Click on the title to see the book.
Library Lion By Michelle Knudsen, Illustrated by Kevin Hawkes Miss Merriweather, the head librarian, is very particular about rules in the library. No running allowed. And you must be quiet. But when a lion comes to the library one day, no one is sure what to do. There aren't any rules about lions in the library. It turns out, though, that the lion seems very well suited for the library. His big feet are quiet on the library floor. He makes a comfy backrest for the children at story hour. And he never roars in the library - at least not anymore. But when something terrible happens, the lion helps in the only way he knows how. Could there ever be a good reason to break the rules? Even in the library?

The reason why I love this book is because for many of the ELL students that I have worked with, Libraries are a brand new concept. there is a You Tube comment by Kevin Hawkes the illustrator just to contrast the differences between his experience as a child who finds the Library a constant in his life. Many of my ELL students have never been to a library until they come to our school. This book is such a wonderful way to discuss about much more than just behavior in the library. I love this book for ELL because it's a great platform to talk about rules and consequences when they aren't followed. Weather you can read this to Intermediate level students, or you can just do a picture walk and mimic and mimic good behavior in the classroom with Beginner or Newcomer students. I also love the way the author uses words like "scowled", "stern" and "twitched". These words are so clearly illustrated not only in the pictures, but in the context. It also lends itself to talk about things like voluntarism, as well as the job of a librarian. The concept I particularly love is the circulation desk. The way it is portrayed and explained is just wonderful. It never fails to amaze me how after reading this story, many students start saying "circulation desk", instead of "check out place"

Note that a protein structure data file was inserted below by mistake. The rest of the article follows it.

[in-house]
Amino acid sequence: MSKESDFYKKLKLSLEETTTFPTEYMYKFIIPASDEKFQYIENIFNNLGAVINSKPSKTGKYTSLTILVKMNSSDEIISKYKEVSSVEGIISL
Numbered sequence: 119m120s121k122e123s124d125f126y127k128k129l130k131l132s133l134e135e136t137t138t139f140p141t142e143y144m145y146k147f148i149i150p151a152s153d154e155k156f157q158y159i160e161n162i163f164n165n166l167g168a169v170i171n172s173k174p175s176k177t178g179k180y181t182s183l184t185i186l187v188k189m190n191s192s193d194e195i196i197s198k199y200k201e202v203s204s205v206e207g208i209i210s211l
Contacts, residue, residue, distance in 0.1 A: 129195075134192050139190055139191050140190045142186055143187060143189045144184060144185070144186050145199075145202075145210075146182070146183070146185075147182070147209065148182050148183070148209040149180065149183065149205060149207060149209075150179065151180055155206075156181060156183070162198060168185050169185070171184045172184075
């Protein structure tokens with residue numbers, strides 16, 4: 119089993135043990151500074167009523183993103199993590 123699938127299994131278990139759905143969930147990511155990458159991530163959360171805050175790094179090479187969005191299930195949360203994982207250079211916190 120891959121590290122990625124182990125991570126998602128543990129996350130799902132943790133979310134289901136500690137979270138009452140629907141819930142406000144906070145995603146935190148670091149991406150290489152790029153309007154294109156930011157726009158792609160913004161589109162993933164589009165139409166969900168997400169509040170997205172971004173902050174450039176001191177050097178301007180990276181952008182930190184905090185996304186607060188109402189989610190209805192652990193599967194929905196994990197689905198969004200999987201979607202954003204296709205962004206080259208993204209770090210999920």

Thursday, April 1, 2010

Did You Say Pears?

Here's the first book: Did You Say Pears? By Arlene Alda. I highly recommend it. It is about homonyms. The photographs are very well taken, showing each object clearly. I don't know about you but, many times that is the problem with good books of this sort. The pictures are not to the point. I mean to say that they don't show the one item they are portraying. In this particular book the pictures are clear, simple and beautiful, I think.

Her website is: http://www.arlenealda.com/.


I work as an ELL teacher in an Elementary School in Portland Oregon. I teach English as a Second Language and love every minute of it. Over the years I have found wonderful books that are extremely useful to introduce subjects on grammar or that clearly illustrate and explain ideas. I hope to share my books with you in hopes that they will help you too. I also hope you all will share your favorite books to teach ELL students with me. I can't wait to hear from you.